Before you monetize your API, here are some valuable strategies for generating revenue with APIs.
It is the process of generating revenue from APIs. API monetization strategies control how revenue is generated from your APIs and keep a check on their consumption by users.
Today, more and more companies are using third-party APIs to abstract everything from authentication and email to payments, search, geolocation, and more. While there is a lot of demand for APIs, choosing the most appropriate pricing strategy for your API is critical.
Generally, there are three groups of users that interact with APIs. These include:
The usage patterns of each group are different, so while pricing your API, you need to make sure that your strategy covers these user groups.
Here are some standard strategies for pricing APIs.
In free plans, the users do not require to pay for a subscription to consume the APIs. They can simply sign up for the API and start using it. There is no direct exchange of money involved; however, this approach can have indirect advantages. Google sign-in API is an excellent example of a free API. Developers can use it in their applications to identify logged-in users through their Google accounts. While the API is free, it benefits Google when users log in using their Google accounts.
Paid pricing means that the user must pay before using the API. Developers are unable to test these APIs without paying for them first. The inability to test if an API fits their needs can be discouraging, as developers like to try before buying any API.
The freemium strategy is the most common and effective approach for pricing APIs, as it sits between the free and paid strategies. This strategy includes a free tier providing limited quota/features. This allows the developers to try out the API, and if it suits them, they can subscribe to the paid tiers according to their use.
Data collected by RapidAPI tells that developers are three times more likely to subscribe to a freemium API with a free tier than a paid API with only paid plans.
In freemium or paid strategies, the following models offer different pricing plans.
The fixed quota model is the simplest. It allows developers to pay for a set number of calls per month, but they cannot exceed the quota.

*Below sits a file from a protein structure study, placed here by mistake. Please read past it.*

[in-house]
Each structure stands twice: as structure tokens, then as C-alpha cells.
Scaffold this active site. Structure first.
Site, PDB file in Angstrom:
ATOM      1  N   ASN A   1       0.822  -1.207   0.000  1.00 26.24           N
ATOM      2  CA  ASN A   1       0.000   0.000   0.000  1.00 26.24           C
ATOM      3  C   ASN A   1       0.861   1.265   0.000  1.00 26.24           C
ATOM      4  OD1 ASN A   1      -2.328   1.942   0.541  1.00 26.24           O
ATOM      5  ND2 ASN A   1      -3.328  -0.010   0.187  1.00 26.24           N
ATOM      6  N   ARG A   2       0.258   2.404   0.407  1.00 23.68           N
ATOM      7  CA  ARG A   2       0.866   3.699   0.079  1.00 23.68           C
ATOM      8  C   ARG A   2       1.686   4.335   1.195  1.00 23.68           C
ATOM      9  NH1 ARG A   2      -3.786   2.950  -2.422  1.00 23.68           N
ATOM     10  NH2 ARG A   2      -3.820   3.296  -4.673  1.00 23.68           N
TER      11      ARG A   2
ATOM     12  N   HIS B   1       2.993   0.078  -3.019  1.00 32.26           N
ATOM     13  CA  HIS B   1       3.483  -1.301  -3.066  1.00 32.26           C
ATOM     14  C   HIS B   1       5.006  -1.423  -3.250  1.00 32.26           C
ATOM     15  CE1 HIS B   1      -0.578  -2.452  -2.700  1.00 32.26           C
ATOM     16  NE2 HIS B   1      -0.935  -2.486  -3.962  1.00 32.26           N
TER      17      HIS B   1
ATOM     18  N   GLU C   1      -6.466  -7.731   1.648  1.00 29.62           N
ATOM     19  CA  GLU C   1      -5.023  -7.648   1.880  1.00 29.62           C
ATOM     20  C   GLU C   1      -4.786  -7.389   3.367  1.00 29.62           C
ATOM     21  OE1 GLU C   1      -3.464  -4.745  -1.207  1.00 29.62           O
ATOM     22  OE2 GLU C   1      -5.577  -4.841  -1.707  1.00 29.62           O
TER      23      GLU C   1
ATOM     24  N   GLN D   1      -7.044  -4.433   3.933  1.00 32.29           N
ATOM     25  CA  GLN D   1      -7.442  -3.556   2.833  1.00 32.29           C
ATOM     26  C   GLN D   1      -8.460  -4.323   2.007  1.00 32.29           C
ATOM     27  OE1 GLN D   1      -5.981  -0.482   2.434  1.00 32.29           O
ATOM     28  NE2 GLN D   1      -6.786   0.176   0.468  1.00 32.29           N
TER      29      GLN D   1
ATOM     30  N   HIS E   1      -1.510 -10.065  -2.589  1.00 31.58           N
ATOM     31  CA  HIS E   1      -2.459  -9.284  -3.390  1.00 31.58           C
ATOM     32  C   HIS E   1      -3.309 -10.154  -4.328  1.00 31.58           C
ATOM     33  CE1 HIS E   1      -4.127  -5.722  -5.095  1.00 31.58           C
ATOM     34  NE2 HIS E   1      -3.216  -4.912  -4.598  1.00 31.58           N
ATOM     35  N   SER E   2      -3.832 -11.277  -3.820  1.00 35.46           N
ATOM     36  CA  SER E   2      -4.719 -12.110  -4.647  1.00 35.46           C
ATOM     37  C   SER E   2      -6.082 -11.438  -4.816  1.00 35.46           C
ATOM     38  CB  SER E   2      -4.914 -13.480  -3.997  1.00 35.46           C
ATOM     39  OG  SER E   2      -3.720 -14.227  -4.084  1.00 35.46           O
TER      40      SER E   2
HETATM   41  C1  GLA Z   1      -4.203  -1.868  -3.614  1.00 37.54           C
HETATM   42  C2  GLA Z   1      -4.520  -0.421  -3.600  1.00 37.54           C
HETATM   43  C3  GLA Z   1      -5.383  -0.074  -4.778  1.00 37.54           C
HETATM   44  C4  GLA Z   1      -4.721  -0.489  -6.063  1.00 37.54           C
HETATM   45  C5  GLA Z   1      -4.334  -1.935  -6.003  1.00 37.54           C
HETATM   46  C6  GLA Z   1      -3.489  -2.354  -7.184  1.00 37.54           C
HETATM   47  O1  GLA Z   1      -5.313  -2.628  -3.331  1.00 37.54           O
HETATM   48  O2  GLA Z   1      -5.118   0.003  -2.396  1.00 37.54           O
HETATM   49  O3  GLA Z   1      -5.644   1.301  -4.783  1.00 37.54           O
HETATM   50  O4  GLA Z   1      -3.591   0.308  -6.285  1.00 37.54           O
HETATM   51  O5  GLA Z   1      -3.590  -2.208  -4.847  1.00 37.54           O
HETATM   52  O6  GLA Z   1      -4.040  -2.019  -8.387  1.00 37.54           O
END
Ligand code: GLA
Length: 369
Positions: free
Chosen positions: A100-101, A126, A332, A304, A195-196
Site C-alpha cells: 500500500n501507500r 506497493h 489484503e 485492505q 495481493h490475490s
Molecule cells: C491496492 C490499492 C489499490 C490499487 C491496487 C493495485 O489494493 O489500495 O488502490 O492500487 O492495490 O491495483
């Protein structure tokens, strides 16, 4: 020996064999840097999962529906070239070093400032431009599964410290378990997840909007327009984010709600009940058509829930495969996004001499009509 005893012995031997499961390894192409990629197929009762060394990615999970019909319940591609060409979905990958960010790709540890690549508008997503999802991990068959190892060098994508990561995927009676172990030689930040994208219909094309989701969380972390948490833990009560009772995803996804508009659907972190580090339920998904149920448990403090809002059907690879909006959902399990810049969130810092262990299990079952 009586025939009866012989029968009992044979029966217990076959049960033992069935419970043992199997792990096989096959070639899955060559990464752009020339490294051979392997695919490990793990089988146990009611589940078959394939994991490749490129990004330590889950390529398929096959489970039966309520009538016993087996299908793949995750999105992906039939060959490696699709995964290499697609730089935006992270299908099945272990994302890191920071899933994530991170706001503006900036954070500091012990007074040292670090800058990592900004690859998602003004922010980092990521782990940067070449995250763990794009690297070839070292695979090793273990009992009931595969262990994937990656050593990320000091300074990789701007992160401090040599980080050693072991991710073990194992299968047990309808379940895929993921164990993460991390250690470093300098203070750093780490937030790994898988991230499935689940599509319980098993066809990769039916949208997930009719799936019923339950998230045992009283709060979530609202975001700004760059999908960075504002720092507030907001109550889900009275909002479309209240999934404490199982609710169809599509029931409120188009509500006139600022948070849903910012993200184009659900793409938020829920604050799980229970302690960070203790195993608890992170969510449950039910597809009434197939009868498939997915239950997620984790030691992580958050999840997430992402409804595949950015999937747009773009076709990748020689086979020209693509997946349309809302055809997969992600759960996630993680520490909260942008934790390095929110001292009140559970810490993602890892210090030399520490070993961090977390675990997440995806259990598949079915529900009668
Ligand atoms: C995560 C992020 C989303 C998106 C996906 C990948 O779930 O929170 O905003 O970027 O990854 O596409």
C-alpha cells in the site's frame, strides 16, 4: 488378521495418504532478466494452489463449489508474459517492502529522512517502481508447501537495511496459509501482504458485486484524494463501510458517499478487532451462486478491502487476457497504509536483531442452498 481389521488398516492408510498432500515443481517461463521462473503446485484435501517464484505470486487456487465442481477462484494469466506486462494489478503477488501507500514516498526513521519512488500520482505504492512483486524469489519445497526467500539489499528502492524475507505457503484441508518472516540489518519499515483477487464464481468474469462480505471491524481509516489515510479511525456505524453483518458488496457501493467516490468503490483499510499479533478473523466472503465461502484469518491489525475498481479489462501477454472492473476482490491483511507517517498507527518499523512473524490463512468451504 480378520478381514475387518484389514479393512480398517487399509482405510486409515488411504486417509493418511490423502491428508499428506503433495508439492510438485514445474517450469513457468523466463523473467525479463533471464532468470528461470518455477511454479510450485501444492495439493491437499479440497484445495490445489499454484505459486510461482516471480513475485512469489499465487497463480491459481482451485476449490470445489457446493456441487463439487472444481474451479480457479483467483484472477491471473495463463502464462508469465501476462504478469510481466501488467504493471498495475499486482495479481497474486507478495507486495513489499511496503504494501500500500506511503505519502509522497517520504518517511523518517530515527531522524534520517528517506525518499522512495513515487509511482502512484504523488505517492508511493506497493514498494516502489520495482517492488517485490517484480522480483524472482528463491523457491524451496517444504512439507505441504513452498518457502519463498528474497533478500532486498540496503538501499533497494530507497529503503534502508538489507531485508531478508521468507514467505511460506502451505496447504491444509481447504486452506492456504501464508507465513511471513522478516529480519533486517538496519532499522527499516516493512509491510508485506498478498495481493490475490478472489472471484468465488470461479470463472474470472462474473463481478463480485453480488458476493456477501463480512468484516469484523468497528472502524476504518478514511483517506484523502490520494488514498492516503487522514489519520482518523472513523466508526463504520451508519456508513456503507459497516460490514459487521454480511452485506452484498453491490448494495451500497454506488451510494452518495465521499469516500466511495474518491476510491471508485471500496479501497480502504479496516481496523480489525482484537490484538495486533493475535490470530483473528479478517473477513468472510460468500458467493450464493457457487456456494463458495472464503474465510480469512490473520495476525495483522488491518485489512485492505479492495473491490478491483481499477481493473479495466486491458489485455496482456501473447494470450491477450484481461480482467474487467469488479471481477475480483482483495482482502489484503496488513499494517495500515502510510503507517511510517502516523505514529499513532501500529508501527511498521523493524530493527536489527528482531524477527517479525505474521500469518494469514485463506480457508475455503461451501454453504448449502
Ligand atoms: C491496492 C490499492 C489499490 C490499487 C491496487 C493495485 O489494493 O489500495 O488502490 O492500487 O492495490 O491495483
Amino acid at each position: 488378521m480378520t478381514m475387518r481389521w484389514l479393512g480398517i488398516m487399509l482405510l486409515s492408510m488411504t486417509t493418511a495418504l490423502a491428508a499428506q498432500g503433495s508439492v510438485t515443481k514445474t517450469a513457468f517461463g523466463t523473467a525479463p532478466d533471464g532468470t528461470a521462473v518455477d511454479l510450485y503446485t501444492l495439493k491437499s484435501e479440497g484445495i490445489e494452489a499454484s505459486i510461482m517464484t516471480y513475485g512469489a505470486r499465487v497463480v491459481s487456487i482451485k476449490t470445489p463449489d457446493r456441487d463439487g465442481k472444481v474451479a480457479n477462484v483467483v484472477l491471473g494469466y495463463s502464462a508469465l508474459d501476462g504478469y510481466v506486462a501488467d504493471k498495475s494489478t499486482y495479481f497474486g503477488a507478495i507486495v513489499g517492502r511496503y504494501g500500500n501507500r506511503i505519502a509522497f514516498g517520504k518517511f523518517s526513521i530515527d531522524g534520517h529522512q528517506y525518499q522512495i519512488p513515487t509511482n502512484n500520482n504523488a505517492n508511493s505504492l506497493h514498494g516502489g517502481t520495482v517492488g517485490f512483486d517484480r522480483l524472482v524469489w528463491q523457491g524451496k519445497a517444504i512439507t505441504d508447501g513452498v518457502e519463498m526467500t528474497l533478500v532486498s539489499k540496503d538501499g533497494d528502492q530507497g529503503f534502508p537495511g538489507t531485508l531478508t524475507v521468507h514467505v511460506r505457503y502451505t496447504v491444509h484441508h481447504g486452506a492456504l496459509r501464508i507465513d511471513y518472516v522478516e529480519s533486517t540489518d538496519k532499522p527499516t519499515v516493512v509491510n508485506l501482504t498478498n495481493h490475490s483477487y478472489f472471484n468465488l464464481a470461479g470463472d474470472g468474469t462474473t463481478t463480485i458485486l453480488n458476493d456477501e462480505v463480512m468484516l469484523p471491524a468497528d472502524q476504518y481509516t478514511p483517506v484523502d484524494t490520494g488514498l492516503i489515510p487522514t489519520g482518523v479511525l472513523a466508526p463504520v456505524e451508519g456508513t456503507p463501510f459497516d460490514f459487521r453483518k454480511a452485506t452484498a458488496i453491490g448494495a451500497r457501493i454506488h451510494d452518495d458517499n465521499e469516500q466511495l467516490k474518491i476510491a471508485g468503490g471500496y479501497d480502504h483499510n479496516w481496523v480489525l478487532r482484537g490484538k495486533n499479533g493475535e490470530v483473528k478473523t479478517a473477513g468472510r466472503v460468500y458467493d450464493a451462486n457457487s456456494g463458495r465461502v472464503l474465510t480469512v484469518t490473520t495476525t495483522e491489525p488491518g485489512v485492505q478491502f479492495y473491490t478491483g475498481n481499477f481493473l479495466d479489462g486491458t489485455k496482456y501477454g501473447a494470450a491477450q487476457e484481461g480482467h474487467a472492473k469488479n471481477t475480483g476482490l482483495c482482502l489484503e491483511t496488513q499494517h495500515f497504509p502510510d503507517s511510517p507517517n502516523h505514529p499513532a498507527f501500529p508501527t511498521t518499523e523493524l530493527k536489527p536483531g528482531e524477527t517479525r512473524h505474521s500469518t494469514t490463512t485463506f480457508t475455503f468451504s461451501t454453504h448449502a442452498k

Example: 30000 requests per month
Pricing is straightforward, and revenue is predictable.
Generates more revenue from developers with less usage.
The API is inaccessible once the quota is reached.
It is not practical for scalable and high-volume apps.
A pay-as-you-go model incurs payment for each individual call. There is no fixed quota, and developers pay for as many calls they make.
Example: $0.01 per request
Pricing is scalable.
Suits large and high-volume apps.
It is harder for developers to judge the pricing.
Revenue can be unpredictable.
The overage models combine the above two strategies. It gives a fixed quota to developers but allows them to exceed their quota limit by paying small overage fees.
Example: 5000 requests per month + $0.05 per additional request
Pricing and revenue are predictable.
API remains accessible even after the quota is reached. Apps are not shut down.
There are no fixed rules which can determine the best pricing plan. It all depends upon your API and its target consumers. However, we recommend that you keep your pricing as simple as possible because complex plans will be bound to scare the developers away.
The overage plan seems to be the most popular because of its flexibility. The freemium pricing strategy with smartly priced tiers is recommended the most. A free entry-level tier can also be very effective for increasing developer adoption.
It may vary for different APIs, but on average, you can divide the pricing into the following tiers for best results.
BASIC: Free plan with a hard limit.
PRO: For Hobbyists and Independent Developers (usually $10 - $25 per mo).
ULTRA: For small businesses (usually around $50 - $100 per mo).
MEGA: For enterprises ($150 or more).